New program helping troubled teens and unwanted dogs get new start

ALBUQUERQUE, N.M. (KRQE) – The city and state are trying something new to help troubled teens turn their lives around, while helping unwanted dogs in the process.

Juvenile inmates are training dogs and Friday, their first graduate went to its new home.

“Pretty anxious, see how it goes,” said Andre Tupou, juvenile correctional officer.

“I saw her, fell in love with her,” he said about a once abused dog named Lady Amor.

As Tupou finalized the adoption Friday at Animal Welfare, Lady Amor waited for him where she had been living and training for the past five months, CYFD’s Camino Teen Center.

“Once they got Lady, I was always cruising over to that side, playing with her, checking her out and everything ,” Tupou said.

Lady is the first graduate of the 505 Paws of Hope program. Back in October, the city’s Animal Welfare Department and CYFD chose a pair of girls at the juvenile detention center to train and take care of Lady Amor.

“Before, like most of the kids here, they liked to sleep, they’re typical teenagers, you tell them, get up clean your room,” said¬†Youth Care Specialist Brandy Duran.

She says the teens’ response was usually, “Oh my goodness, okay.”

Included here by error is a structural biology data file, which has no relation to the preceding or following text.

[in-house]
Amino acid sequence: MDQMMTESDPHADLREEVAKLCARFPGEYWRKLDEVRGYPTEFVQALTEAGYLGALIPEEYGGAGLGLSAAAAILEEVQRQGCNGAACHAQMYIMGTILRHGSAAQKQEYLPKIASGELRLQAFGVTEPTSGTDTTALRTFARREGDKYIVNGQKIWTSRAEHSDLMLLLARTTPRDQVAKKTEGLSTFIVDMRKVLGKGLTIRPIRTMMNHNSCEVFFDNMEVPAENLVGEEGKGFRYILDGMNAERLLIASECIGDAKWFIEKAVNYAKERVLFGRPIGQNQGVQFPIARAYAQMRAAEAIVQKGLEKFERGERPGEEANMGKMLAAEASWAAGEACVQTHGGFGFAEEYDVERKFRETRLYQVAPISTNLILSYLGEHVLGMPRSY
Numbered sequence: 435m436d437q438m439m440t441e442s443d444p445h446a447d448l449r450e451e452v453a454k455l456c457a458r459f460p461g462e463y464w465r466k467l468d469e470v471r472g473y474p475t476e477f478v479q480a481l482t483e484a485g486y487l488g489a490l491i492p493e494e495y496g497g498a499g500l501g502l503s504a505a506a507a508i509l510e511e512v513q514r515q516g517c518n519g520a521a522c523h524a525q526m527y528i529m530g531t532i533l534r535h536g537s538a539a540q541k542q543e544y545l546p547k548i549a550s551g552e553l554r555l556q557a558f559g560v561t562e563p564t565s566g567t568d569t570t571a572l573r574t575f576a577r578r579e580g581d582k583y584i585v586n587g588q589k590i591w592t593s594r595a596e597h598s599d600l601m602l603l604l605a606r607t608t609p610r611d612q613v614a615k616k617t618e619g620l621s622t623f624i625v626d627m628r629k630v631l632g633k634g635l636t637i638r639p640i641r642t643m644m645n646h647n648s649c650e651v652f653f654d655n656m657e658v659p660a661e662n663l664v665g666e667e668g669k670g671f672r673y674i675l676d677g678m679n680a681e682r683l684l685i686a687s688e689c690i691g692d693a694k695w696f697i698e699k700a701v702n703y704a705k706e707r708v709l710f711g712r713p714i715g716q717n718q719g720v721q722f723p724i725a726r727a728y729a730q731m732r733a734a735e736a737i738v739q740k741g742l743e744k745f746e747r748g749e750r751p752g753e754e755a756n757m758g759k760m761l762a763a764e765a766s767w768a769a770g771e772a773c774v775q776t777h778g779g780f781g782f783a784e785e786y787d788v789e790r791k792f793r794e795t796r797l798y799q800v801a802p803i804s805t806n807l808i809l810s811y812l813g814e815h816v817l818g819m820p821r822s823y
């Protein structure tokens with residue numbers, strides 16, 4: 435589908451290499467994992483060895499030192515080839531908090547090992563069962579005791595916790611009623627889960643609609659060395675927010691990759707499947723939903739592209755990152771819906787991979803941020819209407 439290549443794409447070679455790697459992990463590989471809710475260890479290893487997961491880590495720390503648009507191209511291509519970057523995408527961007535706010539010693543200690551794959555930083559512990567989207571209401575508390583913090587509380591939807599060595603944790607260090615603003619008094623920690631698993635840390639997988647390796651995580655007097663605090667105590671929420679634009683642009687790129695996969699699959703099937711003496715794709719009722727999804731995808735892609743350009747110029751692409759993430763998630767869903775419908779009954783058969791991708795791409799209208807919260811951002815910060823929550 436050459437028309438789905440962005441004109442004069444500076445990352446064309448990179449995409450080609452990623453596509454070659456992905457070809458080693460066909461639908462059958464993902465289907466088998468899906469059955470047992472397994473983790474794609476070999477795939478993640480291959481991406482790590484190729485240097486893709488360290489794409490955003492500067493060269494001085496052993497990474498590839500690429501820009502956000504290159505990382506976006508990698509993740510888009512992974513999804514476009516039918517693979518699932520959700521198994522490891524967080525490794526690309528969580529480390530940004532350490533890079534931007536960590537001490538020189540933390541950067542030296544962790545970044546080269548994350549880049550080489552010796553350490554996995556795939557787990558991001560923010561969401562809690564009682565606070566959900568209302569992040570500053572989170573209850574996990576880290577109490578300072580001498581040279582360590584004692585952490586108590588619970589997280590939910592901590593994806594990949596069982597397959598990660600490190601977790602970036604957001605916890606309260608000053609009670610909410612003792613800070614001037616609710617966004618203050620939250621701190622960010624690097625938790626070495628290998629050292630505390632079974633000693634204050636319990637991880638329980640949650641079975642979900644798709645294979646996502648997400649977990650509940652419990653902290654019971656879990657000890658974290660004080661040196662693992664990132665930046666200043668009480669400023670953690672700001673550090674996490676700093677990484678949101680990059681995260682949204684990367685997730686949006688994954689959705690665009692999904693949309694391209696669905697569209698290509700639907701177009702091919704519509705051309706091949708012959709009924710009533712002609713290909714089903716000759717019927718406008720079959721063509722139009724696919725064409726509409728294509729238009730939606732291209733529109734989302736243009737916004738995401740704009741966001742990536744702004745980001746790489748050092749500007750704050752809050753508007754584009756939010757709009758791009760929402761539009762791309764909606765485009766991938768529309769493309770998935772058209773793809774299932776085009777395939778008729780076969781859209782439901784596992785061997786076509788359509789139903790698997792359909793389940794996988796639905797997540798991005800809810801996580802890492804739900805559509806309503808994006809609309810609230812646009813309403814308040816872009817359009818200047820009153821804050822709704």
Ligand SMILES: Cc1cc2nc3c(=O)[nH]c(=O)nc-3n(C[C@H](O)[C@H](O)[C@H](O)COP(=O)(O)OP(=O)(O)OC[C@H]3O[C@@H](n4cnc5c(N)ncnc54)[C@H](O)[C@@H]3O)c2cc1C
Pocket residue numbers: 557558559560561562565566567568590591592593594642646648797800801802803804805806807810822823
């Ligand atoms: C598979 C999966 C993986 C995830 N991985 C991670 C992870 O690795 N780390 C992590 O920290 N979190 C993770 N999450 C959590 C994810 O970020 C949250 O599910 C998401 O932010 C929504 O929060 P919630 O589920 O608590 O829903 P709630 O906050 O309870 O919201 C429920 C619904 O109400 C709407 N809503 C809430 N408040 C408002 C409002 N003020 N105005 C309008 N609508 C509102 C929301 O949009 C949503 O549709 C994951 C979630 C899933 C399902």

But Duran says that attitude changed when Lady arrived.

“In the mornings, because they knew Lady had to go out, she had to be taken out, she had to be fed, they were up cleaning their rooms, getting their chores done, what they had to do, and then it was Lady’s turn,” Duran said.

“They also had to work out a schedule, who was going to feed her, when were they going to feed her, when was play time, when did she need to go to the potty, who was going to pick up the poop,” said Joyce Spinden, dog trainer.

Duran says the girls took on a big responsibility, teaching Lady manners and even a few tricks.

“They were really sad to see her go, but this morning when they said their goodbyes, they were glad that she’s going to a good home, they said ‘we know we can’t keep her forever but we’re glad that she’s finally getting a good home,” Duran said.

The Paws of Hope program has two other shelter dogs in the boy’s unit at the juvenile jail right now.

Those dogs will be up for adoption when their training is done. provides commenting to allow for constructive discussion on the stories we cover. In order to comment here, you acknowledge you have read and agreed to our Terms of Service. Users who violate these terms, including use of vulgar language or racial slurs, will be banned. Please be respectful of the opinions of others. If you see an inappropriate comment, please flag it for our moderators to review.

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